For example, take advantage of your members’ recommendations by placing them on your website. Choose a location on your website that requires members to make a decision or take action. Example: Place a testimonial on the membership application page near the membership pricing to reinforce the idea that association membership is worth the expense.

So, the next time you’re dealing with a satisfied member, whether at a conference or over the telephone, ask for a recommendation. You’ve got nothing to lose, and you just may find that your goal of increasing membership is attainable.

10
Feb
15

Our screwed up thinking about creating conference experiences

This month’s guest blog post is by Jeff Hurt, executive vice president of education and engagement for Velvet Chainsaw Consulting. It was originally posted on Jan. 28.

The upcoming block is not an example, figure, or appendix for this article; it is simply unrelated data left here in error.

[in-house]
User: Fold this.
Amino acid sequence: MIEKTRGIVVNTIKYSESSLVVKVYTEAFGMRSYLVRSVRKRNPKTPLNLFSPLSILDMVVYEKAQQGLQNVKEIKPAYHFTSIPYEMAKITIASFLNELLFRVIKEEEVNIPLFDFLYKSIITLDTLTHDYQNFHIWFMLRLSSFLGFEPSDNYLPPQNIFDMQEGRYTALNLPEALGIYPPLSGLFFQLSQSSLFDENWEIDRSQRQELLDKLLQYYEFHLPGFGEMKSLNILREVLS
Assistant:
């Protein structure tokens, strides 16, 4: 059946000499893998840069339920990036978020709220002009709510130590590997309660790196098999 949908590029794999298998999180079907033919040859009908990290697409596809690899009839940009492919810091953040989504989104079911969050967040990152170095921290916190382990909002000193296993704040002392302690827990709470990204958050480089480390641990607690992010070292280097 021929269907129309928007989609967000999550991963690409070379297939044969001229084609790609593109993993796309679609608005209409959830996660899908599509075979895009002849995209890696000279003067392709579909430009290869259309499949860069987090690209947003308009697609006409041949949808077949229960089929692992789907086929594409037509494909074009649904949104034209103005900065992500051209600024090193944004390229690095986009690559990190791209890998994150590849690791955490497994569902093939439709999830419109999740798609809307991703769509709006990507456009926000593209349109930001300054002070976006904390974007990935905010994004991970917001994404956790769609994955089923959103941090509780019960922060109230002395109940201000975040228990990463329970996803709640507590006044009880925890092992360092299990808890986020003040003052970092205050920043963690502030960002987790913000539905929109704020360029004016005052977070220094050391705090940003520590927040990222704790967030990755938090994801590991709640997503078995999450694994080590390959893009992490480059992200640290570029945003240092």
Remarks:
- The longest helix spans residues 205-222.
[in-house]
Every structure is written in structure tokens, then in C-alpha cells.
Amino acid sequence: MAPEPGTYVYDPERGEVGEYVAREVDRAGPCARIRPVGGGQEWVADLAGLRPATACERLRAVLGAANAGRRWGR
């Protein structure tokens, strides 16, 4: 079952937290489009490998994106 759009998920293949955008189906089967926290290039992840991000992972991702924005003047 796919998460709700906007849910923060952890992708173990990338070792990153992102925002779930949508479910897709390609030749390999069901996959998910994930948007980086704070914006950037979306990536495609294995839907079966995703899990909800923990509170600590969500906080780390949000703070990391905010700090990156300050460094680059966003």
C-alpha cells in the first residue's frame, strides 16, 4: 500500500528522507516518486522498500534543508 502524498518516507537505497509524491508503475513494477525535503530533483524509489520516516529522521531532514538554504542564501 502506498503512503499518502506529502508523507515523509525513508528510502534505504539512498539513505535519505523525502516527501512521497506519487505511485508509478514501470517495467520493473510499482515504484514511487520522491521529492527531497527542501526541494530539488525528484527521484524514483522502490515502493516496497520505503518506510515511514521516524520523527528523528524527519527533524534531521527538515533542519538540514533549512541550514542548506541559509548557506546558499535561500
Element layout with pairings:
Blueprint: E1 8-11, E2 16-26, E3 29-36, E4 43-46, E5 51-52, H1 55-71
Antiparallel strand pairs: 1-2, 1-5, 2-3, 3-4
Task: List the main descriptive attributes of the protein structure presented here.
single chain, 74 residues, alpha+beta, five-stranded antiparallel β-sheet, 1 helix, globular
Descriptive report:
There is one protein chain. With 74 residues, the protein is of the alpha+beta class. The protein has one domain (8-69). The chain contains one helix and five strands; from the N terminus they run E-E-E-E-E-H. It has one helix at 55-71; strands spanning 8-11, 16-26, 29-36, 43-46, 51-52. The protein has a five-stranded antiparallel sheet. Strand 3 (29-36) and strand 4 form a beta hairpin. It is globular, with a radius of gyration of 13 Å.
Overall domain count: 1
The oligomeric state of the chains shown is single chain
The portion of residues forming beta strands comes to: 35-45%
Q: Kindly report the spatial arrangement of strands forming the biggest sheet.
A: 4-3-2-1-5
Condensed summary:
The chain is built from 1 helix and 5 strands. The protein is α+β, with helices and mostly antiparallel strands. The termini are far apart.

Jeff Hurt

Jeff Hurt, executive vice president, education and engagement, for Velvet Chainsaw Consulting. Photo courtesy of Jeff Hurt.

As conference organizers, we need to learn about the power of experience.

Well, we already know about experiences. We have them all the time.

We’ve had experiences with our families and friends. We’ve had experiences with work. We’ve had school experiences. We’ve had experiences with institutions and organizations. We’ve had vacation experiences.

Unfortunately, we’ve made some very faulty assumptions from our own experiences. And we’ve even institutionalized some defective planning processes based on those experiences and what serves us best in our practice. Not what serves our paying attendees best.